The last of the coverage of the Corteo Storico of the Corpus Domini weekend in Orvieto. Here are some of the details of the costumes I was able to get as they passed by. Simply amazing and beautiful the range of skills represented in these costumes. If you ever have the chance to catch this event, it is well worth it!
Archive for June, 2010
Of the 400 plus people in the historic procession, a relatively small number were the knights and noblemen. There is a knight for each of the two dominant middle age families, there is a knight representing the guilds, and there are the noblemen representing guilds, city leaders, etc.
Most impressive are the costumes of the knights. All the costumes of all the parade participants are handcrafted gems. Many have silver and gold threads used in the embroidery – real silver and gold, each stitch tied off so that should it break, the entire thread would not unravel. The workmanship is art, and beautiful.
The flags and banners that are part of Orvieto’s historic procession are simply beautiful. They are bright, colorful and full of the most interesting designs. Anyone looking for a design motif would find dozens of examples in the flags. What follows is a sampling.
Our friend Alberto is very much into the medieval period. He has a ceramics shop where me makes many pieces from the medieval period. One thing he does is square pieces one each for the symbol of the many different guilds in Orvieto during the middle ages. They are quite handsome.
The guilds were an important part of the political process at the time. Collectively they elected 7 people who were an instrumental part of the governing of the city.
The guilds have a prominent place in the parade. Each guild has its own flag. Collectively they make up one of the most colorful parts of the procession.
A week or so ago I was chronicling the various Corpus Domini events. I resume again today with what will be a series of entries.
The Corteo Storico, historic procession, is simply stunning in its color, variety, pageantry, majesty. Our friend Alberto is one of the main knights and organizers of the procession. He directed us on where best to see the parade. We move to three different spots in the city as the parade progressed. That was possible because they spend over three hours in procession covering much of Orvieto. We captured them as they emerged from where they dressed and staged the parade. It took a full 30 minutes for everyone to pass us.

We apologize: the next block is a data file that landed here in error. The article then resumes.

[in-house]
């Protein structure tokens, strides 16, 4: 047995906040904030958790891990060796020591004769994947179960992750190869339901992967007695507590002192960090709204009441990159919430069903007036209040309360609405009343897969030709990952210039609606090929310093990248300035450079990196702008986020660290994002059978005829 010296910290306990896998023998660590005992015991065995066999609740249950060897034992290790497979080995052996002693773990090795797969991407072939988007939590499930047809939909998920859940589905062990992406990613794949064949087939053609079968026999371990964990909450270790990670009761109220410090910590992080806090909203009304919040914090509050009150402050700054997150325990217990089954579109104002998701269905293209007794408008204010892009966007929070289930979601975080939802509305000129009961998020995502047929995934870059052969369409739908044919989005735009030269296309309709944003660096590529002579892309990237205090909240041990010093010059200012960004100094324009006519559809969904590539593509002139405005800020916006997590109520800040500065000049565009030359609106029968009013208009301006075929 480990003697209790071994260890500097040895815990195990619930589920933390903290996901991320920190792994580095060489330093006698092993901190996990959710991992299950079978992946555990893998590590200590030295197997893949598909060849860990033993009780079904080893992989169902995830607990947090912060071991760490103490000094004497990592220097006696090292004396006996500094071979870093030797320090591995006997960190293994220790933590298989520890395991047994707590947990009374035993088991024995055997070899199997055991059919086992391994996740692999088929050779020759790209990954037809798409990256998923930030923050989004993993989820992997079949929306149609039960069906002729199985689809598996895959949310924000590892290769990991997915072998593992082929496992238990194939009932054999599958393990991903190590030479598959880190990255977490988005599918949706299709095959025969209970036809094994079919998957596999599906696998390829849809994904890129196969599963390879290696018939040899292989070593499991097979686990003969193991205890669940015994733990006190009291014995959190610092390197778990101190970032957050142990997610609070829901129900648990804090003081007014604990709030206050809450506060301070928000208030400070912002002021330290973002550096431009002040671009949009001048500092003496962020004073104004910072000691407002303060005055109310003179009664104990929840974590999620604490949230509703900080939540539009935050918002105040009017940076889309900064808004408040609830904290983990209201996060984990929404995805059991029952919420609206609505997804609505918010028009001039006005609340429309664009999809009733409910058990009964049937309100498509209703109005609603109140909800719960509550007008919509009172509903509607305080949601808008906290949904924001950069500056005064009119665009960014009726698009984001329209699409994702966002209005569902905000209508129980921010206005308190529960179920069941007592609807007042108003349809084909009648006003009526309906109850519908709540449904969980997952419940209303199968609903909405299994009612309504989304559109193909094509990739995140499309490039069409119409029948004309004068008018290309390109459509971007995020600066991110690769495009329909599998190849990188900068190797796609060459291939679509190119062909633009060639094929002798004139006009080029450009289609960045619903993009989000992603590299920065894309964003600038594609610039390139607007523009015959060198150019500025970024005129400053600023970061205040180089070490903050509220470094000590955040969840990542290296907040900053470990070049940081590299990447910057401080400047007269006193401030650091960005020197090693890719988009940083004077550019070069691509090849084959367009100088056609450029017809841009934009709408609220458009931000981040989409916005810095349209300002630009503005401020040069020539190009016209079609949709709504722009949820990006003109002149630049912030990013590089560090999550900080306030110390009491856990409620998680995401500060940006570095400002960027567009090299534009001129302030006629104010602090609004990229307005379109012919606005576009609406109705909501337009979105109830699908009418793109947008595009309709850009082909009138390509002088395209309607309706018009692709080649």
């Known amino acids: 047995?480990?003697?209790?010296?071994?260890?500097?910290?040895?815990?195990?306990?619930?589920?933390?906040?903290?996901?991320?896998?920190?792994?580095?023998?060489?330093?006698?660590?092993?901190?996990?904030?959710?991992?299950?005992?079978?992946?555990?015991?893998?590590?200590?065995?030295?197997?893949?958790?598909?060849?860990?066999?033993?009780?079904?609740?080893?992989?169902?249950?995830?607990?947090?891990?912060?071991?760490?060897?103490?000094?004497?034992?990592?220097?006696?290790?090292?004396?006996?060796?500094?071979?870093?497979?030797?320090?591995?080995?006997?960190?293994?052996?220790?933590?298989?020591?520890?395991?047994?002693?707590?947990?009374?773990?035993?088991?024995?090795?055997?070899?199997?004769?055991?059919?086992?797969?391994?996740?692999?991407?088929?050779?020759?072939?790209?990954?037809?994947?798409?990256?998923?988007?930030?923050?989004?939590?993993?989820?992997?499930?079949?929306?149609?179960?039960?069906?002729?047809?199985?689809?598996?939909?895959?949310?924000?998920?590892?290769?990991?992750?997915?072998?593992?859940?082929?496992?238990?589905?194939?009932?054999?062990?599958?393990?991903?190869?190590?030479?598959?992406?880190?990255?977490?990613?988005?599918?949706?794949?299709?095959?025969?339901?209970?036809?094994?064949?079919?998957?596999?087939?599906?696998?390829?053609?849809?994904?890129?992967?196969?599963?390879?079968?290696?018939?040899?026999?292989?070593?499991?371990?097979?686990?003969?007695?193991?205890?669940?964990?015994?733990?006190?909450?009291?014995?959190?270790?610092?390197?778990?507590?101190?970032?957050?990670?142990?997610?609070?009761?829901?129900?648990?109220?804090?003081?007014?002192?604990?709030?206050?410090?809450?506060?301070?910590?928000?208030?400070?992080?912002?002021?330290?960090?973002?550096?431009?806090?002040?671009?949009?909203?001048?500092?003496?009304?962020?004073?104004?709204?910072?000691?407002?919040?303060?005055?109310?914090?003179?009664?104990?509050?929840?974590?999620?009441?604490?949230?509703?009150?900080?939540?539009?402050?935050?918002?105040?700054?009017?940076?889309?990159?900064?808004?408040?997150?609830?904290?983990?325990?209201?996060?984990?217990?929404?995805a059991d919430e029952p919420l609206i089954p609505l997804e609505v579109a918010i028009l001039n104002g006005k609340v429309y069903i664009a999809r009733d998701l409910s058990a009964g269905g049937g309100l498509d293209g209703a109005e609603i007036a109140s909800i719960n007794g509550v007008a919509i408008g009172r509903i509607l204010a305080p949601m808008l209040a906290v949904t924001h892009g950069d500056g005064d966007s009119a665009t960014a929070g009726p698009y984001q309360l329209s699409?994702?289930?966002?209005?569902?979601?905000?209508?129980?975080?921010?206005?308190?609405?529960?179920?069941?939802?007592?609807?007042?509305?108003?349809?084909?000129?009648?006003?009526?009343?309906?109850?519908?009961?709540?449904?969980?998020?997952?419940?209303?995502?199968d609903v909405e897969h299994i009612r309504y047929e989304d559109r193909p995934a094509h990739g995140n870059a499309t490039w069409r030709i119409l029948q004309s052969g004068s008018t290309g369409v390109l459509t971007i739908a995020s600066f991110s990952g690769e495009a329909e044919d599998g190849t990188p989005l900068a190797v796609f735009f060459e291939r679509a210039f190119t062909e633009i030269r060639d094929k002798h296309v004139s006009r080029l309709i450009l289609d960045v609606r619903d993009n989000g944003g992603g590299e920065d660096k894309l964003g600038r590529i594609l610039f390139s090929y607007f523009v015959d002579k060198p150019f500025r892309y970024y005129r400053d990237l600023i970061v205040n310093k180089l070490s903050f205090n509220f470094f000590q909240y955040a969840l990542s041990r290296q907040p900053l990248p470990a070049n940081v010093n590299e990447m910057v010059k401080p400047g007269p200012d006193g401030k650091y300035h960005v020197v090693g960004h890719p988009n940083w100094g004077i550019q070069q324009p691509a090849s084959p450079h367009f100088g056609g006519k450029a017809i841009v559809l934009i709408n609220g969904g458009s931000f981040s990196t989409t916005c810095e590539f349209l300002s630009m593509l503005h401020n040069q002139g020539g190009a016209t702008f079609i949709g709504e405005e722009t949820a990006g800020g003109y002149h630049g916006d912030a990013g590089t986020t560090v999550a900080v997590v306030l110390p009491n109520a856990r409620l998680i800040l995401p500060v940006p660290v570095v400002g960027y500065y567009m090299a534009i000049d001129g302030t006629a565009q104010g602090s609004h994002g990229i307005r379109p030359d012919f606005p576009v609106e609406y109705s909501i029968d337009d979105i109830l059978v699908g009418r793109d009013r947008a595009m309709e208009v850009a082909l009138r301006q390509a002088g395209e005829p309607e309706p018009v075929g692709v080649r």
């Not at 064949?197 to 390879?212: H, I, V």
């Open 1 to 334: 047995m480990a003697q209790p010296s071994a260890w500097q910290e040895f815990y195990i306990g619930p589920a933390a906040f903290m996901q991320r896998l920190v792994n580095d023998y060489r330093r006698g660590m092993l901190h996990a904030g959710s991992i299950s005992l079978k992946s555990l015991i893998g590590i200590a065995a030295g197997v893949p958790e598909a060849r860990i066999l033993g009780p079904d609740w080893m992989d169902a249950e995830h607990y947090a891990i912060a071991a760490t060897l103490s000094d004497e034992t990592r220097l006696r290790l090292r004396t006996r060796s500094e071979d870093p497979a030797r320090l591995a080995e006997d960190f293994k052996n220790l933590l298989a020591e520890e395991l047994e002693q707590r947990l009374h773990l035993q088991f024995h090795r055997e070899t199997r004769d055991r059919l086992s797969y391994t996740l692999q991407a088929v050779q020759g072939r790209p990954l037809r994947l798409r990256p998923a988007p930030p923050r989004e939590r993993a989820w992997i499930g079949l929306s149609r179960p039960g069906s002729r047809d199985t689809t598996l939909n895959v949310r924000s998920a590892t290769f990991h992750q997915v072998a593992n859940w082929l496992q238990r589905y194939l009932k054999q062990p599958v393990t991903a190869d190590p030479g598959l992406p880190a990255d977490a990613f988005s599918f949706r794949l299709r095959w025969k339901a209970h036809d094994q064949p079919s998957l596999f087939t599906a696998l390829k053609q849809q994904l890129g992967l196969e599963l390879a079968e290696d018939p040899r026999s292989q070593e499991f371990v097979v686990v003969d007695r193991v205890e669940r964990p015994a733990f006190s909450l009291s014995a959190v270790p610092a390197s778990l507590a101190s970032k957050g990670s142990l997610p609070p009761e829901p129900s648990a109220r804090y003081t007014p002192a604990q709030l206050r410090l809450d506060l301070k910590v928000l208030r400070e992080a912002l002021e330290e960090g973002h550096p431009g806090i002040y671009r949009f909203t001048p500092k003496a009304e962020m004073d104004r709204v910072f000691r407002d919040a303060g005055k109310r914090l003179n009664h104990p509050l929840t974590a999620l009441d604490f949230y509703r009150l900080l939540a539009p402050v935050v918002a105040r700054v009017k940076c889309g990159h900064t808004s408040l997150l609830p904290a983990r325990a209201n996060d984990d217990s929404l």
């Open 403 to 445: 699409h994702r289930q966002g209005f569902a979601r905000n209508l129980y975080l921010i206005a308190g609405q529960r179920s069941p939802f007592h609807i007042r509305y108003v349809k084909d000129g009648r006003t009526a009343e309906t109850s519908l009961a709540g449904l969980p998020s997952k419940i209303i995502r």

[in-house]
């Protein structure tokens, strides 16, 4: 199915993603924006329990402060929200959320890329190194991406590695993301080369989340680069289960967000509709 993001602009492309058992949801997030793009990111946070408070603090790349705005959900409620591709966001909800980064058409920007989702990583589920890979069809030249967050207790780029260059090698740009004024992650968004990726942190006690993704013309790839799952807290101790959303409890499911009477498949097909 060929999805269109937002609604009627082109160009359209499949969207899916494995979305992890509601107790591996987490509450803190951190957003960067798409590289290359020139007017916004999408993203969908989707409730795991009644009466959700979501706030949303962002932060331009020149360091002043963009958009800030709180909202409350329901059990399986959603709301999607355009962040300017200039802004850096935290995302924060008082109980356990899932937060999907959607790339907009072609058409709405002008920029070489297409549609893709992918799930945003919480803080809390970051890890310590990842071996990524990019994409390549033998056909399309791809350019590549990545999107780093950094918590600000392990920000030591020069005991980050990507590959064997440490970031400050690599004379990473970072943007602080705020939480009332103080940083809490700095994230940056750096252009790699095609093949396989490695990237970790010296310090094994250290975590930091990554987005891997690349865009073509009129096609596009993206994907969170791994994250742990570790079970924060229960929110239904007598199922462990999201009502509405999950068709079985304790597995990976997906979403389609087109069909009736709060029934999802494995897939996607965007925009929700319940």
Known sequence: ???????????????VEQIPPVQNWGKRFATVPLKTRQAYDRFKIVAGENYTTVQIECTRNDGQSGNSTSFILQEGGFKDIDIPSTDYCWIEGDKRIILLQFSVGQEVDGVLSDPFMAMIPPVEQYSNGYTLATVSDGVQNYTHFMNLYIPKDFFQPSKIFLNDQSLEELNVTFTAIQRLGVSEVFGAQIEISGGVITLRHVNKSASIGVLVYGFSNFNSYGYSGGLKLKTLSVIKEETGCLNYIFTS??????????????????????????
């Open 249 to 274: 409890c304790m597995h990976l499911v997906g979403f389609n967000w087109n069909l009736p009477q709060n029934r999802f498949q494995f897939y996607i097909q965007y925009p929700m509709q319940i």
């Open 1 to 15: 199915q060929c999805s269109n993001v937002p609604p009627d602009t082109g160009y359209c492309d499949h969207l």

There are bugles, drums for many of the different units and the four city quadrants. There are fighters with various weapons. There are flags and banners for the different guilds. There are the noblemen, the knights, and a few women. Most of the women had gone in the parade the day before.
What follows are images of the variety of costumes seen. On future days I will cover the flags, the guild flags, the Knights and nobles, and some of the incredible costume detail.
It is truly a beautiful event, and one important to the history of Orvieto. Enjoy!
Not only do we like to eat on our trips, we absolutely love to take a cooking class. We work with exceptional chefs, who are not only great cooks, but superb teachers, and a lot of fun.
This class is with Velia DeAngelis and Maurizio De Mario. Velia has a wonderful champagne bar located behind the cathedral where she cooks up the most delectable food to complement the amazing champagnes and wines they have to offer. Maurizio is a pastry and dessert chef with a fabulous store in Orvieto that sits above Etruscan caves which he opens for tours. Velia and Maurizio work together on a TV cooking program. They are paired with an Italian celebrity and teach them how to cook. Both are entertainers at heart and had us laughing all night.
This group loved to sing! Say a word and it would lead to a song. So all night in addition to cooking, we were singing – a first for Velia and Maurizio they said. Off to bed fat and happy!
As a person with limited artistic skills it is always wonderful to see how unbelievably talented and creative people are. Everyone arrived at our workshops this spring with varied skills and histories of painting and photography. Yet our remarkable teachers, Jan Phillips and Jane LaFazio, brought out the most incredible work from everyone.
Friday afternoon we gathered the work of our 19 students and put it together on tables and large boards. It was breathtaking. What was so wonderful for me is that through paint and photo, this amazing group of people captured so much of what makes Italy, and particularly Orvieto, such a magical place in which to spend a week.
I could be envious, but my talents lie elsewhere. So it was pure joy to see the talents of others manifested in such beautiful work. Thank you to Jane and Jan and all the souls who joined us in May. (There’s still more to come!)